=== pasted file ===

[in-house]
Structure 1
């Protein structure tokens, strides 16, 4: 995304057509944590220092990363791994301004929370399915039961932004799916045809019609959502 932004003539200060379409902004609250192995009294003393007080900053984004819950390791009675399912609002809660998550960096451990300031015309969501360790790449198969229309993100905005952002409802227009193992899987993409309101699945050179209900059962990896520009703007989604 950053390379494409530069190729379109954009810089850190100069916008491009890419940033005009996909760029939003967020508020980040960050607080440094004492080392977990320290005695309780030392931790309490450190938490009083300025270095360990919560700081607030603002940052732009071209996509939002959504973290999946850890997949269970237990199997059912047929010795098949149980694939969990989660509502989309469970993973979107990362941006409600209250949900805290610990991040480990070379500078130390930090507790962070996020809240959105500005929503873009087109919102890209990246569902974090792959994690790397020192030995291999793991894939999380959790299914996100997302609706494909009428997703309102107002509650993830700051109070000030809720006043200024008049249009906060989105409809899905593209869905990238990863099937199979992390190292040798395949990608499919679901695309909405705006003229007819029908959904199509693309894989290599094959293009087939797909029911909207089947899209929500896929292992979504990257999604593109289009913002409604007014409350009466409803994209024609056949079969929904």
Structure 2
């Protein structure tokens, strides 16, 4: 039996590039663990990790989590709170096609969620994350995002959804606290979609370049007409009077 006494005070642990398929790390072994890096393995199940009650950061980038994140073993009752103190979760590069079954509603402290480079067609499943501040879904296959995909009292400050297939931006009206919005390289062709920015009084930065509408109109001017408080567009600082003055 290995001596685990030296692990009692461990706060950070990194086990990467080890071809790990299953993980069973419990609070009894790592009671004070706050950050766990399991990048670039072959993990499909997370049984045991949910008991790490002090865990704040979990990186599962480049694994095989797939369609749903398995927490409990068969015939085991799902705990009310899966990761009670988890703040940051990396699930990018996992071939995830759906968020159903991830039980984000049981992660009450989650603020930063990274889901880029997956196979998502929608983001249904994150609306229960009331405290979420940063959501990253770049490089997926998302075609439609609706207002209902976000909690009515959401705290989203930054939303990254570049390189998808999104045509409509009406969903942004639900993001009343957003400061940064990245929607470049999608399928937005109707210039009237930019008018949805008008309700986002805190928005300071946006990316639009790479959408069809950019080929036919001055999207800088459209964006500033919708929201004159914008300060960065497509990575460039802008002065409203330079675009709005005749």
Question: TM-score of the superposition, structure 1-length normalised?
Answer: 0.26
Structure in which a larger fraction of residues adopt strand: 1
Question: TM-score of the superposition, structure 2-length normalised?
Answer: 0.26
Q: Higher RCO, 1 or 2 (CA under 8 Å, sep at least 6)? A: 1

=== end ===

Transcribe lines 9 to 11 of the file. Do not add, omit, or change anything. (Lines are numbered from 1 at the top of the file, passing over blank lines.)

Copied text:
Question: TM-score of the superposition, structure 2-length normalised?
Answer: 0.26
Q: Higher RCO, 1 or 2 (CA under 8 Å, sep at least 6)? A: 1